5. Xingang Zhao, Shuxian Zuo, Yanping Guo, Can Zhang, Yuejun Wang, Sijia Peng, Ming Liu, Bing Wang, Hao Zhang, Hailing Luo. Carcass meat quality, volatile compound profile, and gene expression in Tan sheep under different feeding regimes. Food Bioscience 2023, 56 , 103213. https://doi.org/10.1016/j.fbio.2023.103213
    6. Mónica Flores. The eating quality of meat: III—Flavor. 2023, 421-455. https://doi.org/10.1016/B978-0-323-85408-5.00014-5
    7. Zheqi Zhang, Mingwu Zang, Kaihua Zhang, Shouwei Wang, Dan Li, Xiaoman Li. Effects of phospholipids and reheating treatment on volatile compounds in phospholipid-xylose-cysteine reaction systems. Food Research International 2021, 139 , 109918. https://doi.org/10.1016/j.foodres.2020.109918
    8. Can Zhang, Hao Zhang, Ming Liu, Xin’gang Zhao, Hailing Luo. Effect of Breed on the Volatile Compound Precursors and Odor Profile Attributes of Lamb Meat. Foods 2020, 9 (9) , 1178. https://doi.org/10.3390/foods9091178
    9. Xueping Ma, Ping Zhan, Honglei Tian, Zhisheng Wei, Peng Wang. Effects of Different Enzymatic Hydrolyses of Mutton Tallow on the Aroma Characteristics of the Maillard Reaction of Xylose–Cysteine Based on GC‐MS, E‐Nose, and Statistical Analysis. European Journal of Lipid Science and Technology 2020, 122 (3) https://doi.org/10.1002/ejlt.201900212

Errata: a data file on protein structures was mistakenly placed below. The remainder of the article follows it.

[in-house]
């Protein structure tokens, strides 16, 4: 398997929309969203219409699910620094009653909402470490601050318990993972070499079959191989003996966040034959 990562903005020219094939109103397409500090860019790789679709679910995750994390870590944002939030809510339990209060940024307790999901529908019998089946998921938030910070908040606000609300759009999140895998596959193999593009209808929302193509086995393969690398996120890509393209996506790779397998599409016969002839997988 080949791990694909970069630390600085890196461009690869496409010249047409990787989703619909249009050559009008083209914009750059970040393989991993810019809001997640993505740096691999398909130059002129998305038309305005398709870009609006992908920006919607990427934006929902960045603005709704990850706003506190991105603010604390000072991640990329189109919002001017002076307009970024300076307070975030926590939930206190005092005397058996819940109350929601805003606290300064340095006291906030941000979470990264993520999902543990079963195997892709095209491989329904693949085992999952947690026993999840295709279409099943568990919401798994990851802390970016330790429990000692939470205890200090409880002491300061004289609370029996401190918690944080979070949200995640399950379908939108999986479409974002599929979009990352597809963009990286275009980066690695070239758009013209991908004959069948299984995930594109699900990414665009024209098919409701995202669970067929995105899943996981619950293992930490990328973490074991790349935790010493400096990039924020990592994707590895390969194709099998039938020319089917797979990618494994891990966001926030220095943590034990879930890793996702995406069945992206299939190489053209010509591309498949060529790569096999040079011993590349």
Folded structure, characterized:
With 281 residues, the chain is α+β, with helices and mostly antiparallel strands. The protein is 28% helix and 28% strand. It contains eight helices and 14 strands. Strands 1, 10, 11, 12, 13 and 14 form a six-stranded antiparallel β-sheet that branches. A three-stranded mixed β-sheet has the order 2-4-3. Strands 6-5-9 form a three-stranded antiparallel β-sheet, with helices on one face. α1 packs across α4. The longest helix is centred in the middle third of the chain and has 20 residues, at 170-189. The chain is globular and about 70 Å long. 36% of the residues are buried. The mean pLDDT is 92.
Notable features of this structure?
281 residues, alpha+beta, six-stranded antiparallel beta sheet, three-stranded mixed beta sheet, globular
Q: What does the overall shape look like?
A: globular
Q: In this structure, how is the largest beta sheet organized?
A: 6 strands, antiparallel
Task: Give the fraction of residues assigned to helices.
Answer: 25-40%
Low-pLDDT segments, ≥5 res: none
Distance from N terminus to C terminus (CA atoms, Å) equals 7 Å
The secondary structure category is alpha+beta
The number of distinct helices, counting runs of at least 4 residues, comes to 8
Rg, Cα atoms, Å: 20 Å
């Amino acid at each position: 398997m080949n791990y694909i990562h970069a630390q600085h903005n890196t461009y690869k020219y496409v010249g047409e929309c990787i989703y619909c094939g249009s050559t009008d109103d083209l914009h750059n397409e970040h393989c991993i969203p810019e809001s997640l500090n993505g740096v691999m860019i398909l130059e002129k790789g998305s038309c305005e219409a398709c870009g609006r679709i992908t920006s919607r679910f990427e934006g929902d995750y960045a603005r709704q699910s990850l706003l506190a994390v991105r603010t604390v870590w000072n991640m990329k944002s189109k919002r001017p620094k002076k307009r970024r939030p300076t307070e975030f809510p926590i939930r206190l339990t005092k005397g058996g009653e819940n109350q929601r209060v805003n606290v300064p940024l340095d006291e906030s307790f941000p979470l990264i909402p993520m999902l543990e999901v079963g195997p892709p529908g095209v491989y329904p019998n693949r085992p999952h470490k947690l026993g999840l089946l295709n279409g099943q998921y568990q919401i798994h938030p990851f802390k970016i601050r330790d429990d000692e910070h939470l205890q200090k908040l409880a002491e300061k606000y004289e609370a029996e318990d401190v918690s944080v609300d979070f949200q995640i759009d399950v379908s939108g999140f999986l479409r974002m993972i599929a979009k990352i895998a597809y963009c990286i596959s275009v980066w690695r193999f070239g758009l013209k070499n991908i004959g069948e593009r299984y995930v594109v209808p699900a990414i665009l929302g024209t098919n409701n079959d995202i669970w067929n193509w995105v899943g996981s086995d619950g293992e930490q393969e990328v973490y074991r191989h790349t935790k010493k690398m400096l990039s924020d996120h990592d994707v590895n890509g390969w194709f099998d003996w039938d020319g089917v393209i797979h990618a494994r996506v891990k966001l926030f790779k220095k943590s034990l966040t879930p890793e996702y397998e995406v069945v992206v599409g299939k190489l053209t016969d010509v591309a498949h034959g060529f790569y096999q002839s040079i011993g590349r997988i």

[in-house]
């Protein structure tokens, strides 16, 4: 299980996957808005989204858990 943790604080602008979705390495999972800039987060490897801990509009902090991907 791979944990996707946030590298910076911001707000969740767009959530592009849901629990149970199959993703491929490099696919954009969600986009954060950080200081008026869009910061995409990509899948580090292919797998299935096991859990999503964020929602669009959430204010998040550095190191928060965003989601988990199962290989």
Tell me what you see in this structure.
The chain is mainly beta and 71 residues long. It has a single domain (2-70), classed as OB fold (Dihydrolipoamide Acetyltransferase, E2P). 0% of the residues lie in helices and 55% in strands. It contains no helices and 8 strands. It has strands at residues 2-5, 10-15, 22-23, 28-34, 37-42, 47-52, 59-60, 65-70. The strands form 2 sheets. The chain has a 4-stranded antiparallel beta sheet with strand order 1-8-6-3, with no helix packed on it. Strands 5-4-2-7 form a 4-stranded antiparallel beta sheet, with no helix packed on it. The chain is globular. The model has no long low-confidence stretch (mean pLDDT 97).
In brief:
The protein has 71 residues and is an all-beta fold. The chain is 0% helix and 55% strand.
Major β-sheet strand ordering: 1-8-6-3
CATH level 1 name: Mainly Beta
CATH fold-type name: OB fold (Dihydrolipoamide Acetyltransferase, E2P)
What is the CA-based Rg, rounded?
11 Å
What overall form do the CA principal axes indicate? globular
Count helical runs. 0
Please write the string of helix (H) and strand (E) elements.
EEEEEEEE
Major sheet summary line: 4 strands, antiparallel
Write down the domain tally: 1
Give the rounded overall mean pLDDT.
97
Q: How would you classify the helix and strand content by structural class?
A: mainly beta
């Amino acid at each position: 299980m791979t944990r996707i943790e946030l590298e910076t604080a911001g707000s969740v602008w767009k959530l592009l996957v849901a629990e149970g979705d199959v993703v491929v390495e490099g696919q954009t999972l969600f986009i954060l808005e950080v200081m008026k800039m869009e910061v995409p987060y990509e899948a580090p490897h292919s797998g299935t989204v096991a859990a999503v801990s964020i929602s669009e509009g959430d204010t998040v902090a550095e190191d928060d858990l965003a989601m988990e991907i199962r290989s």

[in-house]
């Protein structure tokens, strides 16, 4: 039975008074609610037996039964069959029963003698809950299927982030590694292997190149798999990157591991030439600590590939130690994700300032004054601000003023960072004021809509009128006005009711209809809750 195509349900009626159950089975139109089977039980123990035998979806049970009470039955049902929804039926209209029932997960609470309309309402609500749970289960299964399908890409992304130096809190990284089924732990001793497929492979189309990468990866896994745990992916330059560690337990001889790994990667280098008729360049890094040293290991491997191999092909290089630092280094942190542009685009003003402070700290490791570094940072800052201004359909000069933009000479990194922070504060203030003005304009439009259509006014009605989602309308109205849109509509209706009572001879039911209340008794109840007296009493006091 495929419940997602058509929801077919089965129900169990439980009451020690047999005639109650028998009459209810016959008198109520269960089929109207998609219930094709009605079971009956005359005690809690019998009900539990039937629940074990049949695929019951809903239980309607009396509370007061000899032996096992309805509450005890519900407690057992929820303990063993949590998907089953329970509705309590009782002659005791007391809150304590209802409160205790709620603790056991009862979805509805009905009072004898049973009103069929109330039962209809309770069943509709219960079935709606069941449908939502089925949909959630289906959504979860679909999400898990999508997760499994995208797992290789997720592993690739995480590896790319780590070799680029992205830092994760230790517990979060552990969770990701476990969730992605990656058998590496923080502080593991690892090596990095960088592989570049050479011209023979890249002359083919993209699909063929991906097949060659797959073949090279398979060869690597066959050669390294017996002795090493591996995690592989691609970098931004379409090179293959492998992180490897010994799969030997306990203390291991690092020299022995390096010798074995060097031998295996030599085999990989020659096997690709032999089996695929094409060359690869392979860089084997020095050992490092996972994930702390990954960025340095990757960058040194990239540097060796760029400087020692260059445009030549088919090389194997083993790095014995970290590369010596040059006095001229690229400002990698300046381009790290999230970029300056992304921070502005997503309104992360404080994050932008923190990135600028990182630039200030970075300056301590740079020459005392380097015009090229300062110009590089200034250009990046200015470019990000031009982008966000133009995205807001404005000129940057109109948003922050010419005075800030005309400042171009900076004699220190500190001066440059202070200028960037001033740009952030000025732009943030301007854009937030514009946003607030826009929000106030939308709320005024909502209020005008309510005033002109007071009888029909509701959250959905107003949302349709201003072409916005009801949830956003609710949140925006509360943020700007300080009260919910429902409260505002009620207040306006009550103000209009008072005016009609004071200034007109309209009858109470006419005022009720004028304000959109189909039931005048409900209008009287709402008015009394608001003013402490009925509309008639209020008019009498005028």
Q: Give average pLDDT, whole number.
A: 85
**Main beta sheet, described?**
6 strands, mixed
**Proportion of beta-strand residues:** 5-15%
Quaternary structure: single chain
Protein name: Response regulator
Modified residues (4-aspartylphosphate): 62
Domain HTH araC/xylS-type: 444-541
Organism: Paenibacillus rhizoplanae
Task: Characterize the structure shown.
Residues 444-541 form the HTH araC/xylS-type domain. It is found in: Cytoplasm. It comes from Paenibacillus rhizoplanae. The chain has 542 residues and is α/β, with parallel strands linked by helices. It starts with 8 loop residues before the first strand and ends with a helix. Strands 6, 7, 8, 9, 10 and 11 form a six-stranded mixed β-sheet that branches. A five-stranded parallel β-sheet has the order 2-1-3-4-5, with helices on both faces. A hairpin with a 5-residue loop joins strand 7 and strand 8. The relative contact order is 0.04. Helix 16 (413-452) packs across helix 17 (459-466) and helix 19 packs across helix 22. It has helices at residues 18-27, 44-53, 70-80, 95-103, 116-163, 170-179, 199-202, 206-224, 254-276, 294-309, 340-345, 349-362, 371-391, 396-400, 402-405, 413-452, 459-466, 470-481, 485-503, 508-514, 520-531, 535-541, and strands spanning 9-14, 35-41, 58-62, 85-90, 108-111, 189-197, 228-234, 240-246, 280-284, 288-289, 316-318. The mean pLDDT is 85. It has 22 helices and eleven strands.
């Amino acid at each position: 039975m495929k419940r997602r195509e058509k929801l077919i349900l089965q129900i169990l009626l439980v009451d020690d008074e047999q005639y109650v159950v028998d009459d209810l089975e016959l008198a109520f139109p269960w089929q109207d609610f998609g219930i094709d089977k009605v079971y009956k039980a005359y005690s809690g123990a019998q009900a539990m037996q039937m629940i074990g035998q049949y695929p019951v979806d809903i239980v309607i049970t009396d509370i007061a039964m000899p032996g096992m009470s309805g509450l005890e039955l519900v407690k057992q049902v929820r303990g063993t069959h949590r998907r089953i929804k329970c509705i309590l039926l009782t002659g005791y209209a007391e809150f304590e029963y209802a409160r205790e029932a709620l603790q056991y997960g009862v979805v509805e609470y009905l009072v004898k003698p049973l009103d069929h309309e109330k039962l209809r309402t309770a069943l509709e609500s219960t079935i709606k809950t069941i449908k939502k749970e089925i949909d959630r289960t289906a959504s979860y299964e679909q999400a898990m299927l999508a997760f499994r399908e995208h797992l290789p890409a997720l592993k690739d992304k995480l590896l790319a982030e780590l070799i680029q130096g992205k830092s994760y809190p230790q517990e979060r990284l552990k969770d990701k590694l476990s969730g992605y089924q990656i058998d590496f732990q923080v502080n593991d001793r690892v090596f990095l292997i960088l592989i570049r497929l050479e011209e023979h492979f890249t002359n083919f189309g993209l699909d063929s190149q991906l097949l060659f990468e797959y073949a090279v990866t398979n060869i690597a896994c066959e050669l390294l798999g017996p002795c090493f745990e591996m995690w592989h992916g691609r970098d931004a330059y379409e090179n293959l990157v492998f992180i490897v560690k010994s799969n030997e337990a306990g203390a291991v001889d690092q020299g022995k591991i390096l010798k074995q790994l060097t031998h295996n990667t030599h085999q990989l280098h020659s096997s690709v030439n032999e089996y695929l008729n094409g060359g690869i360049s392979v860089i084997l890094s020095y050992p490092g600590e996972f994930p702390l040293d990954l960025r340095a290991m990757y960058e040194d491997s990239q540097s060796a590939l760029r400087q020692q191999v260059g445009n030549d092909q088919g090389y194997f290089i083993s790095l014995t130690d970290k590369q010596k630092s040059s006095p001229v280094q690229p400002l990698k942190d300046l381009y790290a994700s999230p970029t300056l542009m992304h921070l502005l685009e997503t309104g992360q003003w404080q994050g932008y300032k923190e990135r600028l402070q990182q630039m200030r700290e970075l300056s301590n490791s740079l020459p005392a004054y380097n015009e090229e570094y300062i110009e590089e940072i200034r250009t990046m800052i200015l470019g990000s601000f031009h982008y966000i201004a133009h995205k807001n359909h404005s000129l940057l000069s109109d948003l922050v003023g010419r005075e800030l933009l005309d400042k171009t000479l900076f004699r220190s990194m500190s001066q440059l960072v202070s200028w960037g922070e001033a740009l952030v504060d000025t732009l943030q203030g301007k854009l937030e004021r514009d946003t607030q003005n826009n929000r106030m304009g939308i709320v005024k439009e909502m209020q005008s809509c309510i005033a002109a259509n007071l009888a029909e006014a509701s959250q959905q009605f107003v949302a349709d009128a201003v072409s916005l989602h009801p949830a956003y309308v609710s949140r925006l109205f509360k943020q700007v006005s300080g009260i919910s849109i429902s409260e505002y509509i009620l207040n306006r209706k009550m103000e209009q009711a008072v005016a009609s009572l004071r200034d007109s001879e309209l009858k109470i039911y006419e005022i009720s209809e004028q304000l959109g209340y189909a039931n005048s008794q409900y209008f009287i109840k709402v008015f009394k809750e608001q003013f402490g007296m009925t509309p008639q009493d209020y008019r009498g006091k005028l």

10. Tianze Wang, Dawei Zhen, Jia Tan, Jianchun Xie, Jie Cheng, Jian Zhao. Characterization of initial reaction intermediates in heated model systems of glucose, glutathione, and aliphatic aldehydes. Food Chemistry 2020, 305 , 125482. https://doi.org/10.1016/j.foodchem.2019.125482
    11. Franco Doro, Niels Akeroyd, Franc Schiet, Anubhav Narula. The Prins Reaction in the Fragrance Industry: 100th Anniversary (1919–2019). Angewandte Chemie 2019, 131 (22) , 7248-7253. https://doi.org/10.1002/ange.201814470
    12. Franco Doro, Niels Akeroyd, Franc Schiet, Anubhav Narula. The Prins Reaction in the Fragrance Industry: 100th Anniversary (1919–2019). Angewandte Chemie International Edition 2019, 58 (22) , 7174-7179. https://doi.org/10.1002/anie.201814470
    13. Joseph William Holloway, Jianping Wu. Flavor Intrinsic Character. 2019, 151-200. https://doi.org/10.1007/978-981-13-7860-7_7
    14. Jane K. Parker. Meat. 2017, 29-30. https://doi.org/10.1007/978-3-319-26932-0_10
    15. D. Frank, Y. Oytam, J. Hughes. Sensory Perceptions and New Consumer Attitudes to Meat. 2017, 667-698. https://doi.org/10.1016/B978-0-08-100593-4.00028-X
    16. Mónica Flores. The Eating Quality of Meat. 2017, 383-417. https://doi.org/10.1016/B978-0-08-100694-8.00013-3
    17. C. Cerny. The role of sulfur chemistry in thermal generation of aroma. 2015, 187-210. https://doi.org/10.1016/B978-1-78242-103-0.00009-6
    18. Angelina Sansone-Land, Gary R. Takeoka, Charles F. Shoemaker. Volatile constituents of commercial imported and domestic black-ripe table olives (Olea europaea). Food Chemistry 2014, 149 , 285-295. https://doi.org/10.1016/j.foodchem.2013.10.090
    19. Shiqing Song, Qi Tang, Khizar Hayat, Eric Karangwa, Xiaoming Zhang, Zuobing Xiao. Effect of enzymatic hydrolysis with subsequent mild thermal oxidation of tallow on precursor formation and sensory profiles of beef flavours assessed by partial least squares regression. Meat Science 2014, 96 (3) , 1191-1200. https://doi.org/10.1016/j.meatsci.2013.11.008